What you're about to read is old news.
More than a year ago, I set out to find sports moments and memories from readers and coaches in Washington County. I largely failed to deliver on the project.
I received some feedback, but the information I gathered, figuratively, got dusty. I saved the notes, but never wrote anything off of them.
That changes today.
Once I finally reread the responses back this week, I realized they'd be perfect for a Thanksgiving column. I have to believe these are moments, memories and stories the respondents are thankful for. And, like them, I'm thankful for sports.
Kent Ferris, a former Blair resident who as of 2018 lived in Muscatine, Iowa, sent the Enterprise a memory from his days as a high school student in the early 1980s. He was keeping scorebook at a T-ball Little League game in Blair when the unthinkable happened.
Ferris said there were little runners — he guessed second- and third-graders — on first and second base with no outs when the batter hit a line drive to the second baseman. That young ballplayer caught the ball, stepped on second to get the too-eager runner who was on his way to third and tagged the runner who was making his way from first to second.
After making the play, the second baseman hustled off the field and spiked the ball on the ground “à la Pete Rose,” Ferris said.
At first, none of the players, coaches or crowd realized they'd just witnessed an unassisted triple play in the middle of a T-ball game.
“I don't remember the second baseman's first name, but his last name was Ray,” Ferris wrote to us. “Triple Play Ray. I'll never forget it.”
Blair wrestling coach Erich Warner provided plenty of material for my story that never materialized, too. Here's what sticks out, though — a 2004 Blair dual win against Gretna.
Warner was an assistant to coach Aaron McClain, who's squad topped the Dragons 33-27. The Bears' victory was a “huge upset.”
“I just talked to Aaron, but we can't remember Gretna's exact record. They were somewhere around 92-1 over the previous eight seasons when Blair beat them,” the current coach wrote me last year. “It was a pretty big moment for our program and no one wrote about it, not even the Blair Enterprise who just put in a small writeup over the dual and a box score.”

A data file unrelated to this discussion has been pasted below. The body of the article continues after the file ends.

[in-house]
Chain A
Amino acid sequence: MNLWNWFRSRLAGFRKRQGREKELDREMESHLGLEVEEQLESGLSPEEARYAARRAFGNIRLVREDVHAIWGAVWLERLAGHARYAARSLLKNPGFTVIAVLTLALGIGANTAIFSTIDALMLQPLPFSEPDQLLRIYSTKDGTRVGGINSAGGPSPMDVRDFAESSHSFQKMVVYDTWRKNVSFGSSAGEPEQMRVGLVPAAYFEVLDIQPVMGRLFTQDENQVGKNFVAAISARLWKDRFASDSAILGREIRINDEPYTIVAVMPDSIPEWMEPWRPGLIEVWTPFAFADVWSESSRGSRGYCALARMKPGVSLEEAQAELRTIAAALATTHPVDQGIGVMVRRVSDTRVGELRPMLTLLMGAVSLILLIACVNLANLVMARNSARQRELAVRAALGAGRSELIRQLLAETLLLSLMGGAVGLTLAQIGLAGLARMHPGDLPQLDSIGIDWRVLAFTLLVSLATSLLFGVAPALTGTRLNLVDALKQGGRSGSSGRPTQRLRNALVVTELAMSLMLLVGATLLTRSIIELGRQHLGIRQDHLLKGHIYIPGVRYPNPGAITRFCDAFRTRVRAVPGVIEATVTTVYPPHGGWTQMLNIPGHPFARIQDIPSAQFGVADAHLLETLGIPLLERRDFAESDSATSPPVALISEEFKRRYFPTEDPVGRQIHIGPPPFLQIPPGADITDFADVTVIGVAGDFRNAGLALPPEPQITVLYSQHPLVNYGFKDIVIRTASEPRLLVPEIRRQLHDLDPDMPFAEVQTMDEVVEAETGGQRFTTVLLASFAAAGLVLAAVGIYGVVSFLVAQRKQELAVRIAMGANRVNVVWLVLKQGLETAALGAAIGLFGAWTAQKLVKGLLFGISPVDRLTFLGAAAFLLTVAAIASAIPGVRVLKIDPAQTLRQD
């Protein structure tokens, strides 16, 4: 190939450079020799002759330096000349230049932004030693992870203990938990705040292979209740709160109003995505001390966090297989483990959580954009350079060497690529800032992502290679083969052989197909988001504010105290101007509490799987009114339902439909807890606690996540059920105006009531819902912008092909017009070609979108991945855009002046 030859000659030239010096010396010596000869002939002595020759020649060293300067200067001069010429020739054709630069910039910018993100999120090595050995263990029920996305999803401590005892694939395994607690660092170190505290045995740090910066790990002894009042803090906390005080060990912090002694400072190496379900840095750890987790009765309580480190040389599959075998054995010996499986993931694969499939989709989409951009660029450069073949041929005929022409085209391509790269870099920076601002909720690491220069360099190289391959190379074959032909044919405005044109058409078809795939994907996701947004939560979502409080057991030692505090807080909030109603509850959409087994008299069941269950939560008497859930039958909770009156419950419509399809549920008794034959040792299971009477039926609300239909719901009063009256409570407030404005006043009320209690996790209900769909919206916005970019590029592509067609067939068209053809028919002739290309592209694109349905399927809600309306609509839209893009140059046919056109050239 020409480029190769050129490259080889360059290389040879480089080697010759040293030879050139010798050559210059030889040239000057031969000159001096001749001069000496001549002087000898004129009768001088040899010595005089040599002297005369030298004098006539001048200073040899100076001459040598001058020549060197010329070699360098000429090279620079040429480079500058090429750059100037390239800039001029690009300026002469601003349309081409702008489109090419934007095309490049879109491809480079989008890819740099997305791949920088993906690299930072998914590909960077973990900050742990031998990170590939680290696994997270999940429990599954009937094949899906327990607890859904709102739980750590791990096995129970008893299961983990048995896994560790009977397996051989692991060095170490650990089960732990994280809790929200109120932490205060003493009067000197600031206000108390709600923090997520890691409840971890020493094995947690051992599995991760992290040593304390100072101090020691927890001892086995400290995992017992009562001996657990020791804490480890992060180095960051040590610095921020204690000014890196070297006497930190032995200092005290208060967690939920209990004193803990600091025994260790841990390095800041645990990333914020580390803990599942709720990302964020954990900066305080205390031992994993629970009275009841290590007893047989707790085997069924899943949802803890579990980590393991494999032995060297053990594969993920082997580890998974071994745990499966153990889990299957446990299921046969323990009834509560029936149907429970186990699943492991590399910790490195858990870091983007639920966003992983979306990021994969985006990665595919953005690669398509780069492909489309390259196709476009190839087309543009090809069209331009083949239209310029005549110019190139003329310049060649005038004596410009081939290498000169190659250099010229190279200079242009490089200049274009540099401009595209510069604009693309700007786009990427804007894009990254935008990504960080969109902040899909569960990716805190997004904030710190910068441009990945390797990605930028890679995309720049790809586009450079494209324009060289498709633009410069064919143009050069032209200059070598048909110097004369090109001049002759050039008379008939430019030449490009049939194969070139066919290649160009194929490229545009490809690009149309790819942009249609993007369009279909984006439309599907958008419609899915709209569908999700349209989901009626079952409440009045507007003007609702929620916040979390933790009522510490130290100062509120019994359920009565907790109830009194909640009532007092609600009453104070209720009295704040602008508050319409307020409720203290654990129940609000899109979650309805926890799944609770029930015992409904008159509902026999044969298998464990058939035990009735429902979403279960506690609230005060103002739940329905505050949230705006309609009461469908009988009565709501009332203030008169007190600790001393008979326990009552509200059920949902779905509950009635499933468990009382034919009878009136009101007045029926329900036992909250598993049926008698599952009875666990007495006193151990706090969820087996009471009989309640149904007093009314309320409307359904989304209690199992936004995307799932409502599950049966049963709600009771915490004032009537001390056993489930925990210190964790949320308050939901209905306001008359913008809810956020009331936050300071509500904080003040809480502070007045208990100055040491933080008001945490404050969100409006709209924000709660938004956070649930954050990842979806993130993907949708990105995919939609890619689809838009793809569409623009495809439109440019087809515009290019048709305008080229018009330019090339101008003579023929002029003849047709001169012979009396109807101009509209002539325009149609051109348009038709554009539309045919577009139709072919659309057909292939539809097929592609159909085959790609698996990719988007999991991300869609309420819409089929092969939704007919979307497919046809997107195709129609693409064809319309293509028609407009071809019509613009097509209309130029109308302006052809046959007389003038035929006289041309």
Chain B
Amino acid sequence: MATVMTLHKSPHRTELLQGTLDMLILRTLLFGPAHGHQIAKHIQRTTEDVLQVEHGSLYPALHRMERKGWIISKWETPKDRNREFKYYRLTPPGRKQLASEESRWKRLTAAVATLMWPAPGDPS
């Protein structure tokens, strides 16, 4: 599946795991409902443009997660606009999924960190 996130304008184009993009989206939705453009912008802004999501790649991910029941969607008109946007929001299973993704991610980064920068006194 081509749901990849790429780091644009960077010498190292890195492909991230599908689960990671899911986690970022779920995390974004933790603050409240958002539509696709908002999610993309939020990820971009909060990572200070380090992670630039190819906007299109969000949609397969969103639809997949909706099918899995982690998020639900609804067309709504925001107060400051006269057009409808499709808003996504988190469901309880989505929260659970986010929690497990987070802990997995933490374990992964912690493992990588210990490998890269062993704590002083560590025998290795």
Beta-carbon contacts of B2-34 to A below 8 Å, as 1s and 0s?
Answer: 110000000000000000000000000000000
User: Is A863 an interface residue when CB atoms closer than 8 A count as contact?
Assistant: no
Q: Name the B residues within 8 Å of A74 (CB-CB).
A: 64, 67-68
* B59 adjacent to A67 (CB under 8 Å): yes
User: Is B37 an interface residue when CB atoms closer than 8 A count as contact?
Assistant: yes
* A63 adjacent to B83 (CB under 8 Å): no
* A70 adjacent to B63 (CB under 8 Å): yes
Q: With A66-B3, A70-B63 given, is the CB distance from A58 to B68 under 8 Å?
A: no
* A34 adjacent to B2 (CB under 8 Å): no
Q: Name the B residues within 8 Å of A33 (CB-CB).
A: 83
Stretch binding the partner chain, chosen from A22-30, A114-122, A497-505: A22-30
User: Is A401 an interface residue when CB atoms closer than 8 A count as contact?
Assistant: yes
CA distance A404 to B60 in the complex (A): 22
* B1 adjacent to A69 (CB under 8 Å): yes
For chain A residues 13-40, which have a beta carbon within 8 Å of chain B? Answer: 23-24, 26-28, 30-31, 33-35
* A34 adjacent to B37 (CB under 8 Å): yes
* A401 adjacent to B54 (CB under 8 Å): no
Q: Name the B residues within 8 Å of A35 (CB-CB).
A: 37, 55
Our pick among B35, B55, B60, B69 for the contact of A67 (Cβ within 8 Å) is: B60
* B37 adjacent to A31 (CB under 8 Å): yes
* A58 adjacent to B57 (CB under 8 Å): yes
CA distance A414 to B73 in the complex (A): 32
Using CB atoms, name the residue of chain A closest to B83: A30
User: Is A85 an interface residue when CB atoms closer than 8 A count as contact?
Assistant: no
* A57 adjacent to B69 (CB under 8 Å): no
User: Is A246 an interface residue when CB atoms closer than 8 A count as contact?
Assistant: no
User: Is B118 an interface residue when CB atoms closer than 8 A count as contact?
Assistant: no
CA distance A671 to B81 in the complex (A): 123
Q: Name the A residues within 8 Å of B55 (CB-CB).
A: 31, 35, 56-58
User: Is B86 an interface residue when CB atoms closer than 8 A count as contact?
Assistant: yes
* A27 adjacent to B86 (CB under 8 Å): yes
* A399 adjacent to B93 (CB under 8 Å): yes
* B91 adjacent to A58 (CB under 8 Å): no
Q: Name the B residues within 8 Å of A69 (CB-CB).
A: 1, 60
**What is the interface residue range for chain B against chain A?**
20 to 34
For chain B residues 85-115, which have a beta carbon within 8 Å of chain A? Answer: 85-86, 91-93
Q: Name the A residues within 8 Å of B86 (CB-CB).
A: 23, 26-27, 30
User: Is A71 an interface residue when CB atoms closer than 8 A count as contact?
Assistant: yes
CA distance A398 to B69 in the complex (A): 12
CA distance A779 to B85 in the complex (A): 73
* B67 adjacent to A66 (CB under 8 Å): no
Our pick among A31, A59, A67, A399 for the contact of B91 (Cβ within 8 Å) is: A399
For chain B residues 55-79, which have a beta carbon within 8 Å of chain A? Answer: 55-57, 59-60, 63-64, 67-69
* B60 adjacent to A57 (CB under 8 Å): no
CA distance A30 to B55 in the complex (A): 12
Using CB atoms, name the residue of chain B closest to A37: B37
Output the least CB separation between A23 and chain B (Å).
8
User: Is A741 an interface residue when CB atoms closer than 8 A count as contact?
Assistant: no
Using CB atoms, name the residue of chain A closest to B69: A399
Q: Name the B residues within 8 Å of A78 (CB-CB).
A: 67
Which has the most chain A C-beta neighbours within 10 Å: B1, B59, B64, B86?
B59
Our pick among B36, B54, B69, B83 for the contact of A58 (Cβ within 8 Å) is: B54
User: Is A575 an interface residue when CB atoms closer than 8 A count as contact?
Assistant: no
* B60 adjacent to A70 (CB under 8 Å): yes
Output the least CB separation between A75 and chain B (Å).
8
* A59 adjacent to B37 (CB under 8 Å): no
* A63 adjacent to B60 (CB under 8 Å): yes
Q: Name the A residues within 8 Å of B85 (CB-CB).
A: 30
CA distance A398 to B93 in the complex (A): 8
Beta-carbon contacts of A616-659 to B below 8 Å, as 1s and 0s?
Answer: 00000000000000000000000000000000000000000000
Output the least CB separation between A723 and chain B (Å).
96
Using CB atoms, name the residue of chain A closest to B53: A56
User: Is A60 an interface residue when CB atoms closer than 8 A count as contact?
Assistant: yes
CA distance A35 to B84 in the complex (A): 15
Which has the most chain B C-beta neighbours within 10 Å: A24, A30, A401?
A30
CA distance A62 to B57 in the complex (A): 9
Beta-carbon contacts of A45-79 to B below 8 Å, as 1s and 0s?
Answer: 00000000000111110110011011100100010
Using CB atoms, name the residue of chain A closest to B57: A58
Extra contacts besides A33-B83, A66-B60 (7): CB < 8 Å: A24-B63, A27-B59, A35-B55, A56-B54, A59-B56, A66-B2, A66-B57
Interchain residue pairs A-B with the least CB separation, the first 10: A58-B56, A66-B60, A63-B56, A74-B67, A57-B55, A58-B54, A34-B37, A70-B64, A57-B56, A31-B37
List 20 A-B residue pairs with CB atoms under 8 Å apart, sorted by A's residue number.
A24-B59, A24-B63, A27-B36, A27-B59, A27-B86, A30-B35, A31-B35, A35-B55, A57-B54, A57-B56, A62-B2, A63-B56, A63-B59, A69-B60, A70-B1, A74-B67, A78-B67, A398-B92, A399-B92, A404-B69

Hopefully, more folks remember this dual today after this column.
Arlington softball coach Janelle Lorsch responded to my request for memories as well, but couldn't pick just one.
“I have too many favorite memories to count, and it would be hard to pick just one,” she wrote. “My favorite memories all involve watching players achieve personal and team successes. It's so much fun as a coach to watch an athlete's face when they hit a game-winner, pitch the final strikeout or make a diving play.”
Fort Calhoun football coach Andrew Christensen and Arlington girls golf coach Jason Wiese echoed the sentiment.
“It’s not a specific memory, but watching these players transform from boys to young men is my favorite aspect of coaching,” Christensen said. “We meet these players in our youth football camp as young as third-graders and work with them until they graduate as successful students, athletes and young men. It’s a very rewarding experience.”
“The fact that I have had the opportunity to work with high character ladies every year is something I cherish,” Wiese said.
Reading through these old comments more and more, I realized that coaches are truly thankful for the time they spend with their athletes. Michaela Curran, Kyle McMahon, James Slie, Steven Gubbels, Jennifer Fangmeier, Ginger Appel, Heather Mueller, Ross Udey and Bryan Soukup all responded to my 2018 question with similar, appreciative answers.
So, while I may have not delivered on the project I set out on in 2018, I feel like I got a thoughtful Thanksgiving column out of the feedback received. Whether it was just a single moment in time, or an experience as a whole, sports have given us a lot to be thankful over the years.
“I love this job,” coach Soukup wrote me in 2018. “I have great memories of each year. (I'm) thankful for all the young men that have played and been members of the Blair football program.”
P.S., if anybody knows who Triple Play Ray might be, tell him to call 402-426-2121 and ask for Grant.